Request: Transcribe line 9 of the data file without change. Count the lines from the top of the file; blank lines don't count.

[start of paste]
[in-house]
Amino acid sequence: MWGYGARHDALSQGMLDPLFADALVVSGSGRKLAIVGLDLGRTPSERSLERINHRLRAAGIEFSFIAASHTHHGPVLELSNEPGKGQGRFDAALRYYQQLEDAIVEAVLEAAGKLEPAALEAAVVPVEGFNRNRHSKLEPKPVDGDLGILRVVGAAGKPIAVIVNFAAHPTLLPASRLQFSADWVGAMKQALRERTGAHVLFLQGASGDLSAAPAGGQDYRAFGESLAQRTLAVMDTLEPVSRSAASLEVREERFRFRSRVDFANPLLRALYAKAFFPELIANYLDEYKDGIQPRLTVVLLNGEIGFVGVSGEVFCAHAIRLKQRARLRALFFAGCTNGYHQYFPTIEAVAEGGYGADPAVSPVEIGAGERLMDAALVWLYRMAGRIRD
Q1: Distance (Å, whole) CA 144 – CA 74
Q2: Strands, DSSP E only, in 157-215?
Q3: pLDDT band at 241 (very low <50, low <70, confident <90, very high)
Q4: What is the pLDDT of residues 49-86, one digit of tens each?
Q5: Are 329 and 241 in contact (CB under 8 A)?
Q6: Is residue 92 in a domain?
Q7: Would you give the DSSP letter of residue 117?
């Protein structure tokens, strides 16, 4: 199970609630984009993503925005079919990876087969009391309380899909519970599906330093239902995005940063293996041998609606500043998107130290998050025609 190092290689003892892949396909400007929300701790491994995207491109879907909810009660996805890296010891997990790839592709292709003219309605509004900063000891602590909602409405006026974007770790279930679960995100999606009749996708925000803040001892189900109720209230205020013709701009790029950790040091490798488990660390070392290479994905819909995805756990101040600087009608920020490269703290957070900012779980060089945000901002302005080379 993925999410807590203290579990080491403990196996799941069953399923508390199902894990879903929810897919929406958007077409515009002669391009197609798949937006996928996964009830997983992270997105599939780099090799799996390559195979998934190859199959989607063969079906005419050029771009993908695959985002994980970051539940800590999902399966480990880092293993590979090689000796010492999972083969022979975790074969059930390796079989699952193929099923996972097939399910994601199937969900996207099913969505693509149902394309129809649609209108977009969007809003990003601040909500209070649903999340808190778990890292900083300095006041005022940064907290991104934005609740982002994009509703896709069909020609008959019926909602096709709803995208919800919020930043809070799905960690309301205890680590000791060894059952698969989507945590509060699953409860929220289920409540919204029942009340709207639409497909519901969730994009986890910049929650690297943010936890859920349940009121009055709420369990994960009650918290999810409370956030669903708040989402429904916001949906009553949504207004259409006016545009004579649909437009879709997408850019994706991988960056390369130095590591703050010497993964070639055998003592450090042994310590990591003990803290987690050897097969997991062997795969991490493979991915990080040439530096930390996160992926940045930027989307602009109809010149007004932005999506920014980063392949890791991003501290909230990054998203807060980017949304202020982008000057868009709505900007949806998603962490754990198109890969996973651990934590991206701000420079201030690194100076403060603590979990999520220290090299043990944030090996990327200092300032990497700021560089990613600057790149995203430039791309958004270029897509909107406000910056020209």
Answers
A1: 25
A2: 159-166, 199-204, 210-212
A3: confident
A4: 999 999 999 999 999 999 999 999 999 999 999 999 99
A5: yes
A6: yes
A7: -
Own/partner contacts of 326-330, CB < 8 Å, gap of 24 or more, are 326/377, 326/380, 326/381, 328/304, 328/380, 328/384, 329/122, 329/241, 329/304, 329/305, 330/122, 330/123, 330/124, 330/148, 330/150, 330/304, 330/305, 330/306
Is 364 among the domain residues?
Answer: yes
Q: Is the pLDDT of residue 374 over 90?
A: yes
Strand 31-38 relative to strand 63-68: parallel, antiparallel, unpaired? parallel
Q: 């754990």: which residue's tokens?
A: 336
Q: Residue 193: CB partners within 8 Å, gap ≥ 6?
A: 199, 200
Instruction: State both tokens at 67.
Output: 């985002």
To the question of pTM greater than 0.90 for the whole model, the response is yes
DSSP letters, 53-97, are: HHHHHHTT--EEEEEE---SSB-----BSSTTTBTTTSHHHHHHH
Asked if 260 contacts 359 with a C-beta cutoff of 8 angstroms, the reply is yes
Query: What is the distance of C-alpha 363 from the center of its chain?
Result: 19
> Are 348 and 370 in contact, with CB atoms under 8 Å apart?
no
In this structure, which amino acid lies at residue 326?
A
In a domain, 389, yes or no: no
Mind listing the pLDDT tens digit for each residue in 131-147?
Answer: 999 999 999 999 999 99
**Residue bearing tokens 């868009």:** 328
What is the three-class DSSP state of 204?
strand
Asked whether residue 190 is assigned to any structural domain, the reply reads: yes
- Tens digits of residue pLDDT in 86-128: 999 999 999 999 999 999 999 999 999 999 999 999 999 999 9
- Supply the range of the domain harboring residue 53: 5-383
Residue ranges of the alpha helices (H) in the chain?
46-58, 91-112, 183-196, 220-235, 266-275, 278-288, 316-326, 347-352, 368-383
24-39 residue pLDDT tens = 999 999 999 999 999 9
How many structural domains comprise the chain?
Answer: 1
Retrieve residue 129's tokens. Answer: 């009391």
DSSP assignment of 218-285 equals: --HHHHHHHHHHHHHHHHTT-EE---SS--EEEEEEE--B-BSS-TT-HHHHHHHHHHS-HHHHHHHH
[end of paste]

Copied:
Q7: Would you give the DSSP letter of residue 117?